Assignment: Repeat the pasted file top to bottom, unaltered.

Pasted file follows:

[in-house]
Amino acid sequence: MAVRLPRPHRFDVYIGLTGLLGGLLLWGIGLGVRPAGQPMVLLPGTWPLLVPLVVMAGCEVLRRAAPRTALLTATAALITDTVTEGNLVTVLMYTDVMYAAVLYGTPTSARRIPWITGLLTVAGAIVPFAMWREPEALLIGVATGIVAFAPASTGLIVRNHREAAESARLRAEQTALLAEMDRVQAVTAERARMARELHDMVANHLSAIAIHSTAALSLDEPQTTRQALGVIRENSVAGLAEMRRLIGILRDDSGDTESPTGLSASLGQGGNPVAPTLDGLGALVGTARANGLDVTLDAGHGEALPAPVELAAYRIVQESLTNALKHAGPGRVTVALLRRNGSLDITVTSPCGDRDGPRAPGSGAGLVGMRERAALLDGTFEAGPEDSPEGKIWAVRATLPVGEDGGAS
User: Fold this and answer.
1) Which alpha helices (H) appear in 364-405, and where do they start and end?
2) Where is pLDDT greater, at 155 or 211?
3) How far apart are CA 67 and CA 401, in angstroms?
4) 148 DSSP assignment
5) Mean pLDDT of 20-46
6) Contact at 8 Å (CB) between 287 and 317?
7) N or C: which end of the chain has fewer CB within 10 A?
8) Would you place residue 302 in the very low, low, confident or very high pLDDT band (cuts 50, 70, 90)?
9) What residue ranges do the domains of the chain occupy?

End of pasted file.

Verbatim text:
[in-house]
Amino acid sequence: MAVRLPRPHRFDVYIGLTGLLGGLLLWGIGLGVRPAGQPMVLLPGTWPLLVPLVVMAGCEVLRRAAPRTALLTATAALITDTVTEGNLVTVLMYTDVMYAAVLYGTPTSARRIPWITGLLTVAGAIVPFAMWREPEALLIGVATGIVAFAPASTGLIVRNHREAAESARLRAEQTALLAEMDRVQAVTAERARMARELHDMVANHLSAIAIHSTAALSLDEPQTTRQALGVIRENSVAGLAEMRRLIGILRDDSGDTESPTGLSASLGQGGNPVAPTLDGLGALVGTARANGLDVTLDAGHGEALPAPVELAAYRIVQESLTNALKHAGPGRVTVALLRRNGSLDITVTSPCGDRDGPRAPGSGAGLVGMRERAALLDGTFEAGPEDSPEGKIWAVRATLPVGEDGGAS
User: Fold this and answer.
1) Which alpha helices (H) appear in 364-405, and where do they start and end?
2) Where is pLDDT greater, at 155 or 211?
3) How far apart are CA 67 and CA 401, in angstroms?
4) 148 DSSP assignment
5) Mean pLDDT of 20-46
6) Contact at 8 Å (CB) between 287 and 317?
7) N or C: which end of the chain has fewer CB within 10 A?
8) Would you place residue 302 in the very low, low, confident or very high pLDDT band (cuts 50, 70, 90)?
9) What residue ranges do the domains of the chain occupy?